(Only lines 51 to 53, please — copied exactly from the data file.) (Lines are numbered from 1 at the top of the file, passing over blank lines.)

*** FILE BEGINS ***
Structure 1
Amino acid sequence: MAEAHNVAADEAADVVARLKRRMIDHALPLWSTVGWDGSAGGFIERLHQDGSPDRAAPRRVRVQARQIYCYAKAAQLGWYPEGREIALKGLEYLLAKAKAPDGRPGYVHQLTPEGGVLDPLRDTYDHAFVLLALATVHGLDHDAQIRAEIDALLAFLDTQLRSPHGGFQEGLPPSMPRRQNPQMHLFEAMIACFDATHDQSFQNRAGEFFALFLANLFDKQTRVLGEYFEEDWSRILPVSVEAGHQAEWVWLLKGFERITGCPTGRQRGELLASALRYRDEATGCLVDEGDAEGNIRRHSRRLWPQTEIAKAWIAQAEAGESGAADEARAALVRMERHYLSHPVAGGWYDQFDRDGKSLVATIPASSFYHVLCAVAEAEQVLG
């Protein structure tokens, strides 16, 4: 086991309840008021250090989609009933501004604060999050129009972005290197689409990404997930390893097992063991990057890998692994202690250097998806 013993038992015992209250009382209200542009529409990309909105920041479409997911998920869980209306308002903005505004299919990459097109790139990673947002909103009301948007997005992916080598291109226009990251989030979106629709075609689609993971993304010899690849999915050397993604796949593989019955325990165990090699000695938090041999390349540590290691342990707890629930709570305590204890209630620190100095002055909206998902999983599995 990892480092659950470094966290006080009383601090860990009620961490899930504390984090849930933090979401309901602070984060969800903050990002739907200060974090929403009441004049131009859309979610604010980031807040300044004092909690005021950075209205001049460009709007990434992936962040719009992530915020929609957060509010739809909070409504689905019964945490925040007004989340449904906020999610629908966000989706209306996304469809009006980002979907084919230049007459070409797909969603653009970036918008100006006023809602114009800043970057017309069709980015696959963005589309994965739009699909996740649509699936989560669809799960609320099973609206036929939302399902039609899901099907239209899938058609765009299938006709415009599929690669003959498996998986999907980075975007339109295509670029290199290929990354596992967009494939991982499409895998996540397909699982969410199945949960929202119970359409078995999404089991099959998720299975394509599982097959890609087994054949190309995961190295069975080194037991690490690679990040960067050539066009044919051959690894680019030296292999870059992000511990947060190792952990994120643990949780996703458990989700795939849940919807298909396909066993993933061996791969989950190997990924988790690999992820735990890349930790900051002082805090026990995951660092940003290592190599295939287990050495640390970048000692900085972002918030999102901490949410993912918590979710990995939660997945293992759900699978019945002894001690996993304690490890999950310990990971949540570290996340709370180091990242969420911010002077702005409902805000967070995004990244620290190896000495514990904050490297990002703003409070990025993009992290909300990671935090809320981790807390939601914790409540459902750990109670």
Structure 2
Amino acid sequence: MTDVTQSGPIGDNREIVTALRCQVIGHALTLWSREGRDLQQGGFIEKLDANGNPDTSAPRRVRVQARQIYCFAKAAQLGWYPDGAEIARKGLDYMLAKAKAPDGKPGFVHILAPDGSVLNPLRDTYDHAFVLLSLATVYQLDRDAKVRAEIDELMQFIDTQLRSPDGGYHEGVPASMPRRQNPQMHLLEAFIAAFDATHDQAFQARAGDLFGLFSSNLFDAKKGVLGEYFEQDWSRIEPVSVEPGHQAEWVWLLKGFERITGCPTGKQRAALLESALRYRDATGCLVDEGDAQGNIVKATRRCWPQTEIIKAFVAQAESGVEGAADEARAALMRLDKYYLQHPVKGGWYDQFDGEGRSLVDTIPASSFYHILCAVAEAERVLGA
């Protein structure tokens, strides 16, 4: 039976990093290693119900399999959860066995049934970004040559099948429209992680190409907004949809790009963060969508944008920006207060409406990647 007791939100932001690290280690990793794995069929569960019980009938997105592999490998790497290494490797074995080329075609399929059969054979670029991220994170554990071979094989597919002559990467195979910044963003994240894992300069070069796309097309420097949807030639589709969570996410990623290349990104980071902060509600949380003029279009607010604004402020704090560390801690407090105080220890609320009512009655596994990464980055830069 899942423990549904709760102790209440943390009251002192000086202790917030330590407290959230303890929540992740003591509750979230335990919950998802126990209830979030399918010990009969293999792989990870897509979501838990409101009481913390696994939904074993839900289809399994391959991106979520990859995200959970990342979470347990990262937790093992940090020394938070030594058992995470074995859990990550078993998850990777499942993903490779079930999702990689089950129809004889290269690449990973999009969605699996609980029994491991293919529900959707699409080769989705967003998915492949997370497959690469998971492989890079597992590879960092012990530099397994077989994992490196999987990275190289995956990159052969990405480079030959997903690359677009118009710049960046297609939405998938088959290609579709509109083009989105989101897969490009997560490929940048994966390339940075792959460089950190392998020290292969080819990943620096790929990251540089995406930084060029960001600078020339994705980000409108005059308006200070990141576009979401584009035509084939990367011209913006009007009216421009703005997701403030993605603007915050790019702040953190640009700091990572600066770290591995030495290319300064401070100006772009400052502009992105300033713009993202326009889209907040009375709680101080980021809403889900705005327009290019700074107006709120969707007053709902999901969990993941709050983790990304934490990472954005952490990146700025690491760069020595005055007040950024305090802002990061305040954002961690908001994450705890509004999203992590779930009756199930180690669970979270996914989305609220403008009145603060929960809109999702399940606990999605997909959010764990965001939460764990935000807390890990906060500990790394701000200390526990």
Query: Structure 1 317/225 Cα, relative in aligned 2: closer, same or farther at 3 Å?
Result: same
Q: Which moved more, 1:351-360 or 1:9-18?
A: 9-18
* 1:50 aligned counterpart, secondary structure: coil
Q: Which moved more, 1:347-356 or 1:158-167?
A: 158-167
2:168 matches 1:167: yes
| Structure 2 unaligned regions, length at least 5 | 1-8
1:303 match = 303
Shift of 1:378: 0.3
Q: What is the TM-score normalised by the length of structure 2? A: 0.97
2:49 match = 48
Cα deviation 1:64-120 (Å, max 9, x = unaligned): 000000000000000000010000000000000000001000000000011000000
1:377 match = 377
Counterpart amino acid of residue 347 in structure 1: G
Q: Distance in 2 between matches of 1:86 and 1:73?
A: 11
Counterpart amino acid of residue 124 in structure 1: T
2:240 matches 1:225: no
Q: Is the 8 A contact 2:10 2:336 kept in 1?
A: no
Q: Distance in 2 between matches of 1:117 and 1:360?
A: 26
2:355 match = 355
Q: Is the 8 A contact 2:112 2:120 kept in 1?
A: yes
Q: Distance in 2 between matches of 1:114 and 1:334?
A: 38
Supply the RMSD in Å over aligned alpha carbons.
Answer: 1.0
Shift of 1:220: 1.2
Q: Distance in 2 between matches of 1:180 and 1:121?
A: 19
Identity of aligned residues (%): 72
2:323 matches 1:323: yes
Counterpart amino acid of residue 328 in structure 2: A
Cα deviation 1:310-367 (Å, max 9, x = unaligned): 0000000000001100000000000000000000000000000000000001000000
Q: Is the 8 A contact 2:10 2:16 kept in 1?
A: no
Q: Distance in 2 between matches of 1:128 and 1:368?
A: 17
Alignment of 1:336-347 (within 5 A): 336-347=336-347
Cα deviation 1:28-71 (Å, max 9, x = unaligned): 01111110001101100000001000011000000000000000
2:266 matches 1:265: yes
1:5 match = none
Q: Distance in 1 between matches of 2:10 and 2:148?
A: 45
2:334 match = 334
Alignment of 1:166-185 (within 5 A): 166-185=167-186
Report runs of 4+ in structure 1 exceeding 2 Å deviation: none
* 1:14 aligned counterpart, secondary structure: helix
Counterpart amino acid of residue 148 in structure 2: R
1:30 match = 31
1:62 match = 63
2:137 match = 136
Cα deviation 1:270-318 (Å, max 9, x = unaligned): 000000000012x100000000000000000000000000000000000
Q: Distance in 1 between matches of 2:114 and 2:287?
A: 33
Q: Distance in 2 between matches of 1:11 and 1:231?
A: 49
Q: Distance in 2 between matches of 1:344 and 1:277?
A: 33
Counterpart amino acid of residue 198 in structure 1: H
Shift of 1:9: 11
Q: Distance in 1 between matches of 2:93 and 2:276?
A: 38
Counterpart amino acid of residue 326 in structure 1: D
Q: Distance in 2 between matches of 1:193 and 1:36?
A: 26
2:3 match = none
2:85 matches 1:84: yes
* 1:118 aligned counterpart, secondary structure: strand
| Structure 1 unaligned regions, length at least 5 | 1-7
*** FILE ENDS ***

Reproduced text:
2:266 matches 1:265: yes
1:5 match = none
Q: Distance in 1 between matches of 2:10 and 2:148?